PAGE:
Extended dc => Width 10.3 cm – height 5.7 cm => Extended dc is 2% larger et 36% taller than dc in both loops.

Now, here are again some very interesting results !

It’s quite fascinating to observe how dc in between stitches and linked dc are nearly exactly similar to dc in both loops when it comes to measurements. Not to worry about gauge issues if you substitute one for another in that case…
However, and just as we thought, Extended dc is a lot taller than the other dc variants of this episode. If you have crocheted a sample, you’ll also be able to see by yourself how its thinner fabric looks promising in terms of drape. Makes me want to try it on a larger scale…


Now, those parameters are more difficult to assess on such a small swatch. But here’s what I learnt from experience. You can also stretch your swatch in all directions to notice the differences:

dc in both loops => solid fabric. sturdy. does not stretch much vertically.

In between stitches => thick fabric, yet surprisingly drapy. Limited stretch, both vertically and horizontally.

Linked dc => hardly any drape at all. Limited stretch, although fabric does stretch a bit more vertically through the beginning of each row.

Extended dc => promising drape, thin fabric. Stretches more horizontally.


Now, with all these parameters in mind, let’s try and see which types of project use each variation of the dc :

dc in both loops => see conclusions of episode 2

In between stitches = > I was really surprised by this stitch variant, in a good way. I love its texture, and depending on the size of hook you’d use, it could make really pretty and functionnal baskets or produce bag, or even an airy textured summer tank top…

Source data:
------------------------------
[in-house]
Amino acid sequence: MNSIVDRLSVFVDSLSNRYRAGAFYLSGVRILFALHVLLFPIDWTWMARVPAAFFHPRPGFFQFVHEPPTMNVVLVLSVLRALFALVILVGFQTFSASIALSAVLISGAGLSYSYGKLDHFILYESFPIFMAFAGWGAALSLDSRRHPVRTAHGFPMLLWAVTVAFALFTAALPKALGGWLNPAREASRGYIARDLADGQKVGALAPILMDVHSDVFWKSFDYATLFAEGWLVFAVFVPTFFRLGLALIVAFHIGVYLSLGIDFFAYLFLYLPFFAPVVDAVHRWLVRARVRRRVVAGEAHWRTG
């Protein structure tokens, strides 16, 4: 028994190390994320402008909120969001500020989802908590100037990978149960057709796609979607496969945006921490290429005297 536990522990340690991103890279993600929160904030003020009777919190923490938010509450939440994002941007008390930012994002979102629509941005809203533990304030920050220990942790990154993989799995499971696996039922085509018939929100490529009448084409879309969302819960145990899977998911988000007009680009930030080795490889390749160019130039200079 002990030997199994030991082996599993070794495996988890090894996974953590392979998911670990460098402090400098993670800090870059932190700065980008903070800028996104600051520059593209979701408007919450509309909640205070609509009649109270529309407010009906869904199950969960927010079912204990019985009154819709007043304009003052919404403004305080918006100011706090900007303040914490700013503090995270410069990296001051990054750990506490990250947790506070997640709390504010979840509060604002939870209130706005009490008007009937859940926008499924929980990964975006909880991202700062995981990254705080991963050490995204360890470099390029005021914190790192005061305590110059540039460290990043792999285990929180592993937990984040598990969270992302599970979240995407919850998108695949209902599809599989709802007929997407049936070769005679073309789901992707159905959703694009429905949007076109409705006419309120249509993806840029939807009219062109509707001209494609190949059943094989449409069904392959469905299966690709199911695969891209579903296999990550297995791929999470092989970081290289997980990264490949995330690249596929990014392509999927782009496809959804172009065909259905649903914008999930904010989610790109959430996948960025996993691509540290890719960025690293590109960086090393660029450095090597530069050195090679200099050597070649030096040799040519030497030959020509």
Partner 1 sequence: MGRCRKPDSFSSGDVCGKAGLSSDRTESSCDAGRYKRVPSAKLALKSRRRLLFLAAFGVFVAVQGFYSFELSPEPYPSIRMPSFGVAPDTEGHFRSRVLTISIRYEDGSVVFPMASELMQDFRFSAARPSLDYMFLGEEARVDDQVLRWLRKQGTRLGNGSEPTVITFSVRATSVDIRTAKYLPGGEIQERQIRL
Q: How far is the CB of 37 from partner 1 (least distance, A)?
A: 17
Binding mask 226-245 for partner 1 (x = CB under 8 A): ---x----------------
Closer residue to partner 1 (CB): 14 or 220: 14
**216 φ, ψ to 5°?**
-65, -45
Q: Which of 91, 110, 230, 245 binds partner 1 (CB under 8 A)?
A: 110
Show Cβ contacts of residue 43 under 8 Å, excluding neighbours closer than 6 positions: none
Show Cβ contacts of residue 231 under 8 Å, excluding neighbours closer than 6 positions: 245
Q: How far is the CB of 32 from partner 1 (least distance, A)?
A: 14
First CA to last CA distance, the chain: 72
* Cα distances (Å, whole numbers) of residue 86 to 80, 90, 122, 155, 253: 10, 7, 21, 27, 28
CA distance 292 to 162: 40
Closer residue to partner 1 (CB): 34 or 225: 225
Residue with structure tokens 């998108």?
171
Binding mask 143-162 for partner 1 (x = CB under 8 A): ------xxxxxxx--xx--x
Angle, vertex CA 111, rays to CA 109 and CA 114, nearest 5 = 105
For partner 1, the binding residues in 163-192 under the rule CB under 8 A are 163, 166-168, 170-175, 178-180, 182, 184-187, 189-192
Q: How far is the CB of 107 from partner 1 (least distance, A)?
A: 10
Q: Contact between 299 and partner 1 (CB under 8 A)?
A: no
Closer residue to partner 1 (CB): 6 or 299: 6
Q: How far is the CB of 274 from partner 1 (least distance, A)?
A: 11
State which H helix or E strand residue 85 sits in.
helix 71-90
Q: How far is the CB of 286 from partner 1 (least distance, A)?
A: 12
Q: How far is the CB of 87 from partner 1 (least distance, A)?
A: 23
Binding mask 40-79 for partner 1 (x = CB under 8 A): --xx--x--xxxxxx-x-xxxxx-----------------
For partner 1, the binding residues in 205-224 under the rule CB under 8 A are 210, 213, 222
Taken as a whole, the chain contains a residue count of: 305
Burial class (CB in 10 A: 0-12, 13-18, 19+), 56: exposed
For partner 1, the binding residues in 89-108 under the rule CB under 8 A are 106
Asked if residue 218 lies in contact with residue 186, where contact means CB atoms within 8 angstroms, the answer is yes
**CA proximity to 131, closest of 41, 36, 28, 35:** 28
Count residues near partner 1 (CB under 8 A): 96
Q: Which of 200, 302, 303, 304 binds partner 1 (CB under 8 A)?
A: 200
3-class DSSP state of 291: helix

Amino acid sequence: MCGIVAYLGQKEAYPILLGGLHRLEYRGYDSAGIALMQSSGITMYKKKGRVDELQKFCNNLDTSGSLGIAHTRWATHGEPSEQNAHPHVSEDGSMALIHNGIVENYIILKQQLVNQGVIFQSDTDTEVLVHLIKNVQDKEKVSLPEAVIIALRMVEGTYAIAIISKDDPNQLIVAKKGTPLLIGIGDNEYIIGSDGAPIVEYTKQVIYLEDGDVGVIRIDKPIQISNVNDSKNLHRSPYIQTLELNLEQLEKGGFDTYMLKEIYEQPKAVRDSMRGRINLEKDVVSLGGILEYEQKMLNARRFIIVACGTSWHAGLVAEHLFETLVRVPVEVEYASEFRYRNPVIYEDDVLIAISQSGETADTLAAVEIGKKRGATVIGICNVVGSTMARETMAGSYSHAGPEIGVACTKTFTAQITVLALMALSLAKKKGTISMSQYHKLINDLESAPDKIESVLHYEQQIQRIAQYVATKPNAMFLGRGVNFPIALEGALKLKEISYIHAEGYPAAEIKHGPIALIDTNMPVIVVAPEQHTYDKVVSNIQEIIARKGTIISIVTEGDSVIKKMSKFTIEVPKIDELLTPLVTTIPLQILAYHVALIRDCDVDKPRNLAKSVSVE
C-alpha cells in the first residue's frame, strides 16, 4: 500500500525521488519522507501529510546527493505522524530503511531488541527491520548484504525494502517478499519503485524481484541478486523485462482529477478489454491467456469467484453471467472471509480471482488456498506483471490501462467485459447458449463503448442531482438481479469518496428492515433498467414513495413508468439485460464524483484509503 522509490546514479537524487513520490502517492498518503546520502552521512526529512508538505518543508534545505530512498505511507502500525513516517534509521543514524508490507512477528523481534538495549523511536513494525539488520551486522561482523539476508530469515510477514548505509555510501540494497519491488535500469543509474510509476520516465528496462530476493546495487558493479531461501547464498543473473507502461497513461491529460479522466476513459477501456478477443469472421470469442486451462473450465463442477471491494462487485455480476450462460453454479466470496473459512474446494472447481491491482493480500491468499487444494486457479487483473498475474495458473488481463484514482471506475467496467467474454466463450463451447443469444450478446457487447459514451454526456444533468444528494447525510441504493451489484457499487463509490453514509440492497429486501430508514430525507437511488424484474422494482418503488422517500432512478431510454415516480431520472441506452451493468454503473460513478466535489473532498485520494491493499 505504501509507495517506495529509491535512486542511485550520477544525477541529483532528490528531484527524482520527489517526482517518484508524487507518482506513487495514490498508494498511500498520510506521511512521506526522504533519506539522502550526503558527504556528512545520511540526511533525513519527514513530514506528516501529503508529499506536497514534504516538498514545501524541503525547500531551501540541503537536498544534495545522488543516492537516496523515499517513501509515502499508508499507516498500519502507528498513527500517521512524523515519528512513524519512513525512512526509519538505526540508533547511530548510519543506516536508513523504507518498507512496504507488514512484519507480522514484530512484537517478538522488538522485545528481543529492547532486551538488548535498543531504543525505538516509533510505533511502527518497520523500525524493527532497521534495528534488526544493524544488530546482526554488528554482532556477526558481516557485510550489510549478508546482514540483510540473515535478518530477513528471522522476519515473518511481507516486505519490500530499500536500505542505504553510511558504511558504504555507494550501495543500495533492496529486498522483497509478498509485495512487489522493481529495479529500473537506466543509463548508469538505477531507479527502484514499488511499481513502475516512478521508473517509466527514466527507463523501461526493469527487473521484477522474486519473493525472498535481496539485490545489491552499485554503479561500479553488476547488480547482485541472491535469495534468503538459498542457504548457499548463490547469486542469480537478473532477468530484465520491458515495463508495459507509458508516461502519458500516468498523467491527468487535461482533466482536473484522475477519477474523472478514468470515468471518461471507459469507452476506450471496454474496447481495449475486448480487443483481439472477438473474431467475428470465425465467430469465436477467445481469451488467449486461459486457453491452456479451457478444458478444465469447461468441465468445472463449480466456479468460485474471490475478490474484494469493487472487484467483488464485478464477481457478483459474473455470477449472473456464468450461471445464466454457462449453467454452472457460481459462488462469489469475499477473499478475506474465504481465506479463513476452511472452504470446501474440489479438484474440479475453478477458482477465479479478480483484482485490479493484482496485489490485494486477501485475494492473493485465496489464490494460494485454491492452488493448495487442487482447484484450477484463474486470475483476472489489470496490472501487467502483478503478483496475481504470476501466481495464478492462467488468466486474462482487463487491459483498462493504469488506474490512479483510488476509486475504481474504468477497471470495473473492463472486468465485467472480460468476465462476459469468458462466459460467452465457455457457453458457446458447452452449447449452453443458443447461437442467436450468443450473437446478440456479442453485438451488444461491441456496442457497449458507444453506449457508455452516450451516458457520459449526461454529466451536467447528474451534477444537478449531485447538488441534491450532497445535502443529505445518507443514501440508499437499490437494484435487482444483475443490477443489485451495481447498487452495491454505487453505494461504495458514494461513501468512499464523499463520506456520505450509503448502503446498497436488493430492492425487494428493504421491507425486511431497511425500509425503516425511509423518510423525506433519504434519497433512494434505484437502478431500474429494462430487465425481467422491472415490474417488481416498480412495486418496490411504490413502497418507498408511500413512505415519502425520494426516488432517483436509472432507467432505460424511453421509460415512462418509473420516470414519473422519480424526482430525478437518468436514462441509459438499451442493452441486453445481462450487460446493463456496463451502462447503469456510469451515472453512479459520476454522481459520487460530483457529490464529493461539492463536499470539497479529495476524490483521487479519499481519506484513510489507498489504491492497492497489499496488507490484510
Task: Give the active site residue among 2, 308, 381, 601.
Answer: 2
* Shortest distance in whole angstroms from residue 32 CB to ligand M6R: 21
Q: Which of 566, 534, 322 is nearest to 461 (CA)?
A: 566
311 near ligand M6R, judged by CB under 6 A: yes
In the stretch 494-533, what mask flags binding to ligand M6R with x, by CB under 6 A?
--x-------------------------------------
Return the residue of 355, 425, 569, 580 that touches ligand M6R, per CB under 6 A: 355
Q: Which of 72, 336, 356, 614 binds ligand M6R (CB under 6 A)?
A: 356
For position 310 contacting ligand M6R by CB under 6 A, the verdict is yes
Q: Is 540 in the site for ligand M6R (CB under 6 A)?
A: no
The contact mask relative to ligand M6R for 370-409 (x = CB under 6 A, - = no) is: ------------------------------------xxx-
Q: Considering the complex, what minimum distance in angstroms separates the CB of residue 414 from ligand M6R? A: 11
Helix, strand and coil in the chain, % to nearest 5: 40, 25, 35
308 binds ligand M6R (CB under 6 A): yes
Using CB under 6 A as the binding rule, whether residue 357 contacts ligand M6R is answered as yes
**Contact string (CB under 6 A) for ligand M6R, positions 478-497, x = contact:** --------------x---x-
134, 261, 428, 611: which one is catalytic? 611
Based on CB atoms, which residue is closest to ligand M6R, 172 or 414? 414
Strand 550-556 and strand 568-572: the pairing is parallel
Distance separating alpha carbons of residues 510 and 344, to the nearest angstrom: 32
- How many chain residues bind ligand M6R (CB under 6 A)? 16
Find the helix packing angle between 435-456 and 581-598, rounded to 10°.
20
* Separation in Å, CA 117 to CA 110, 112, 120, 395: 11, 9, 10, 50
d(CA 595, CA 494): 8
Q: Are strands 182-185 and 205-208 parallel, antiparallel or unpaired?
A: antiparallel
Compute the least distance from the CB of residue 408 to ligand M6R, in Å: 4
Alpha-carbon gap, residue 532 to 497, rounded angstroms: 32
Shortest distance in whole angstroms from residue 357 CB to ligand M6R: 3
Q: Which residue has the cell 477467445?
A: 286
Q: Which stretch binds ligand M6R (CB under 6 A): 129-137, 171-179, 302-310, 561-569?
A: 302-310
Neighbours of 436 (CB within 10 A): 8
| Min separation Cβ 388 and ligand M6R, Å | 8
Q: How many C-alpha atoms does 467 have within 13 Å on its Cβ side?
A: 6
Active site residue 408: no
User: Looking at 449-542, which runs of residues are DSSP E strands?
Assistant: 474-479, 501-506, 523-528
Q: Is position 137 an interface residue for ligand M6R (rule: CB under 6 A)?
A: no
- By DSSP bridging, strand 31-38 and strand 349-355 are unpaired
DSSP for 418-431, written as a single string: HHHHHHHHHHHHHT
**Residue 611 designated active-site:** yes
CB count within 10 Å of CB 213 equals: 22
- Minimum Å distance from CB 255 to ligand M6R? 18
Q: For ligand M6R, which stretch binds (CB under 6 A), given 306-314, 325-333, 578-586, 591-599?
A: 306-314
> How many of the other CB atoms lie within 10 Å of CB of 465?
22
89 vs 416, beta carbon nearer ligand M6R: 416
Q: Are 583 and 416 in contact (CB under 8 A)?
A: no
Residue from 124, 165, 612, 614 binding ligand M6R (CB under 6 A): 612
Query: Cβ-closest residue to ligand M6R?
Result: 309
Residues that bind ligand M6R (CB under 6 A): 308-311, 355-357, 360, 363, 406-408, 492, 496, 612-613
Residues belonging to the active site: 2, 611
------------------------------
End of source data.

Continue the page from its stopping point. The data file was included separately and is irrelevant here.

Linked dc => seeing how there is hardly any gap in between stitches, this variant of the double crochet could make perfect handbags or coin-purses: no more lost coins or little things through the stitches of a purse !

Extended dc => I really like the texture and thinness of this stitch, and would love to see the result when used in a garment. Maybe even try to work an extended dc in the front loop only ? Who will try this first ?

Working in the round changes the visual aspect of all 3 of those stitch variations. I’ll explore this in a further episode…

How about YOU ? Anything I forgot or didn’t see in those swatches ? Please share in the comments !
See also:
DC project Episode 1
DC project Episode 2
DC project Episode 3
DC project Episode 4
DC project Episode 5
DC project Episode 6
DC project Episode 7

Bertille boleros for the girls

Bertille Bolero, crochet pattern by Sylvie Damey

My daughters have been relentlessly asking for summer boleros with long elf hoods…

Bertille Bolero, crochet pattern by Sylvie Damey